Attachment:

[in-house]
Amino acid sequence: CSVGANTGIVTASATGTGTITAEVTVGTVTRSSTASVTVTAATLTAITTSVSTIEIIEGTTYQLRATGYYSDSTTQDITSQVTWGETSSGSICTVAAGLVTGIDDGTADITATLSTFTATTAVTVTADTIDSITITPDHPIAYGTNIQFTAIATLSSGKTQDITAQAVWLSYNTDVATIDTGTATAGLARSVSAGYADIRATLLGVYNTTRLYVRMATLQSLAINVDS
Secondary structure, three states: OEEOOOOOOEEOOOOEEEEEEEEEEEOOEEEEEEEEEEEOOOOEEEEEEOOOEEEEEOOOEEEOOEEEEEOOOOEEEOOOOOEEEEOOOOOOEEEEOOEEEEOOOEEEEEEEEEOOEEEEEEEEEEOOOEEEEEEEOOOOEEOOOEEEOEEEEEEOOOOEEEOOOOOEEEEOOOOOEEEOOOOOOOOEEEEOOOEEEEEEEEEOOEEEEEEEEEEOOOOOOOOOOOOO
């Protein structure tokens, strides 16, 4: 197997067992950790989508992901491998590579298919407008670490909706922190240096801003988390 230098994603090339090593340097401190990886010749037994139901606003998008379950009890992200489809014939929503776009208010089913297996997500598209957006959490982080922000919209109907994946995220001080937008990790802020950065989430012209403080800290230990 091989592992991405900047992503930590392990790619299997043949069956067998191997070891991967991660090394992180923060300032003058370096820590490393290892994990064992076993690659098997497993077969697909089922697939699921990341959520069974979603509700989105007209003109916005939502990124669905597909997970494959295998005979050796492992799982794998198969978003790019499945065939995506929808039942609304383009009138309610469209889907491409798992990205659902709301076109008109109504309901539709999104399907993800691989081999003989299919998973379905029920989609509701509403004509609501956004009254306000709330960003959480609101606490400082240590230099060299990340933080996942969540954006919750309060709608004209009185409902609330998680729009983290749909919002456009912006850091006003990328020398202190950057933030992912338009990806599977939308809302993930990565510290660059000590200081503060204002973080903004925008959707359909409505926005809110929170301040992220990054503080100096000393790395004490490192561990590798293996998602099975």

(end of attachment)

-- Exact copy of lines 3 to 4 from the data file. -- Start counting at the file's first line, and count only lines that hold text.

Secondary structure, three states: OEEOOOOOOEEOOOOEEEEEEEEEEEOOEEEEEEEEEEEOOOOEEEEEEOOOEEEEEOOOEEEOOEEEEEOOOOEEEOOOOOEEEEOOOOOOEEEEOOEEEEOOOEEEEEEEEEOOEEEEEEEEEEOOOEEEEEEEOOOOEEOOOEEEOEEEEEEOOOOEEEOOOOOEEEEOOOOOEEEOOOOOOOOEEEEOOOEEEEEEEEEOOEEEEEEEEEEOOOOOOOOOOOOO
């Protein structure tokens, strides 16, 4: 197997067992950790989508992901491998590579298919407008670490909706922190240096801003988390 230098994603090339090593340097401190990886010749037994139901606003998008379950009890992200489809014939929503776009208010089913297996997500598209957006959490982080922000919209109907994946995220001080937008990790802020950065989430012209403080800290230990 091989592992991405900047992503930590392990790619299997043949069956067998191997070891991967991660090394992180923060300032003058370096820590490393290892994990064992076993690659098997497993077969697909089922697939699921990341959520069974979603509700989105007209003109916005939502990124669905597909997970494959295998005979050796492992799982794998198969978003790019499945065939995506929808039942609304383009009138309610469209889907491409798992990205659902709301076109008109109504309901539709999104399907993800691989081999003989299919998973379905029920989609509701509403004509609501956004009254306000709330960003959480609101606490400082240590230099060299990340933080996942969540954006919750309060709608004209009185409902609330998680729009983290749909919002456009912006850091006003990328020398202190950057933030992912338009990806599977939308809302993930990565510290660059000590200081503060204002973080903004925008959707359909409505926005809110929170301040992220990054503080100096000393790395004490490192561990590798293996998602099975």